Before taxpayers are asked for more money, they first should be told specifically why the $200 million in private donations hasn't materialized. Then, perhaps, options could be examined.

NU President J.B. Milliken had said during the legislative session that if the state funding didn't come through this year, construction on the UNMC project could be done in stages, beginning with other sources of money.

Could the start of construction, which could come as soon as next year, be delayed while funds are raised? Could the project still be undertaken in stages? Could some aspects of the project be scaled back until sufficient private funds are raised? The city's restaurant tax, implemented in 2010, has exceeded revenue expectations. Could a portion of those funds be used for an economic development project with this much merit?

The UNMC cancer center has the potential to transform the city's and state's economic future. The public and private sectors should continue to work together to get this done. But taxpayers deserve to know exactly why they're being asked to invest more money than they already have.

Read more related stories
Intoxicated man with pellet gun climbs billboard's scaffold; is arrested
Last day of 2014 Legislature: Praise, passage of a last few bills and more on mountain lions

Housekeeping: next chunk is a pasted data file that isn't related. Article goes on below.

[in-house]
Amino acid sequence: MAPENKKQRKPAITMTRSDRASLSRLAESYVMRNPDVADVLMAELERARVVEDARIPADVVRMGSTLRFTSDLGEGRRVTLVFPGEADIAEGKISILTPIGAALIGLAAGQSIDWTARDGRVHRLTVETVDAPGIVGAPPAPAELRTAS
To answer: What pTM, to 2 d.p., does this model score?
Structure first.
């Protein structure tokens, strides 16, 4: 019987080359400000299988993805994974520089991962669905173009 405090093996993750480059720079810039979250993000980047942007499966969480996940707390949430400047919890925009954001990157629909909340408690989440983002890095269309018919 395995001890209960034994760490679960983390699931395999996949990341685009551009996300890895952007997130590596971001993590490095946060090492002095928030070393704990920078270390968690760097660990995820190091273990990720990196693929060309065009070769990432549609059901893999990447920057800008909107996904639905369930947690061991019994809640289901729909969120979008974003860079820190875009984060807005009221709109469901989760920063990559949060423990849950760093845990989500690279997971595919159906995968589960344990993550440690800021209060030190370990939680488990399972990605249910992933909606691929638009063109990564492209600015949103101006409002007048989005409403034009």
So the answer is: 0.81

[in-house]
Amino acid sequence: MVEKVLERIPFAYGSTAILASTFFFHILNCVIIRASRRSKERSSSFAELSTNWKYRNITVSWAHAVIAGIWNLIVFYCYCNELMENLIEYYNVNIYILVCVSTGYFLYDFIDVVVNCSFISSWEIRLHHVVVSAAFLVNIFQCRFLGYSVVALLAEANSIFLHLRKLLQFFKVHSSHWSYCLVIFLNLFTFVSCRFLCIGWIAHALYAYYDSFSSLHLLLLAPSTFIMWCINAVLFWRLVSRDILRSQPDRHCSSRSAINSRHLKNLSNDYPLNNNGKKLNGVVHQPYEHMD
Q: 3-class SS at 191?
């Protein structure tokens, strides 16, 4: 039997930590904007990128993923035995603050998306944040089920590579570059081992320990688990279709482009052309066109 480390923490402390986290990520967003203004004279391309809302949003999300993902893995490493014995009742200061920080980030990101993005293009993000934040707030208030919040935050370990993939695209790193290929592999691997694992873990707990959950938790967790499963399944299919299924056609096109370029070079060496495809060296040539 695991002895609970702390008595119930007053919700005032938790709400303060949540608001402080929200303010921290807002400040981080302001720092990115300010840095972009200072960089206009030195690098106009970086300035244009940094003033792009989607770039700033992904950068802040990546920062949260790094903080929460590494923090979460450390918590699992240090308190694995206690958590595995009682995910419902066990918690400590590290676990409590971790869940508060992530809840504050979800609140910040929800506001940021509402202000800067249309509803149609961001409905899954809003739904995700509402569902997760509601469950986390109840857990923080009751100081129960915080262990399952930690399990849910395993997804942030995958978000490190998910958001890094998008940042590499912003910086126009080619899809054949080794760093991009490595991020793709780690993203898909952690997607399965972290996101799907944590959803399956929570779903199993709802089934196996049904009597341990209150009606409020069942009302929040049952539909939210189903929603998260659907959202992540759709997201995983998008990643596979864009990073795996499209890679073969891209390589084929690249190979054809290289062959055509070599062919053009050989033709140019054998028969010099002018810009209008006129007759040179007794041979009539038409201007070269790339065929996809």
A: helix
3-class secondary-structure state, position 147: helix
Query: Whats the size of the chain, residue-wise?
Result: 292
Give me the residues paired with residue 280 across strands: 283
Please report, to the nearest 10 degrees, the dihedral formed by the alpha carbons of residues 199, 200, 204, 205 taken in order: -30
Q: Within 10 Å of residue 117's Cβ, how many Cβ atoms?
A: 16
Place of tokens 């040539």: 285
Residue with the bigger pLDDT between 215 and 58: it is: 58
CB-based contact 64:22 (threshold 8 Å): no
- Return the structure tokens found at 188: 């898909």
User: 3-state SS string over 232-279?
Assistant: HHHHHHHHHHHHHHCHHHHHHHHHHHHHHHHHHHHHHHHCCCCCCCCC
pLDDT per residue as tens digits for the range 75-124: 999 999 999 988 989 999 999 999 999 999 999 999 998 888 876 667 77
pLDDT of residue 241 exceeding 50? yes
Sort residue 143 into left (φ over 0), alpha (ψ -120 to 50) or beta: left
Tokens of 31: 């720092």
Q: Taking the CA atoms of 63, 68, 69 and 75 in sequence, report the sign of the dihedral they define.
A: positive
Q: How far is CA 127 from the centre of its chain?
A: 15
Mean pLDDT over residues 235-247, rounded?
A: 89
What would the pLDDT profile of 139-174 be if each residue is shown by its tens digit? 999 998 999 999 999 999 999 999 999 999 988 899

'The war is not over,' Chambers says, but legislative session about is
A recap of what got done — and what didn't — in the 2014 legislative session
PAC funded by Senate candidate Ben Sasse's great-uncle releases Shane Osborn attack ad
Teen killed at Gallagher Park was shot in head as he sat in SUV, friend who was wounded says
When judge asks, Nikko Jenkins says ‘I killed them’
New UNO center strengthens ties between campus, community
Threat found in Millard West bathroom deemed 'not credible'
New public employee pay data: Douglas, Lancaster, Sarpy Counties, plus utilities
Nebrasks health officials to advertise jobs via drive-thru
Coral Walker named Omaha police officer of the year
Sarah Palin, Mike Lee coming to Nebraska for Ben Sasse rally
Prescription drug drop-off is April 26
Database: How much did Medicare pay your doctor?
Rather than doing $250K in repairs, owner who lives in lot behind 94-year-old house in Dundee razes it
NB 30th Street lane closed
State Patrol, Omaha police conduct vehicle inspections
Bernie Kanger formally promoted to Omaha fire chief
U.S. House incumbents have deeper pockets than their challengers
Nancy's Almanac, April 17, 2014: Trees save money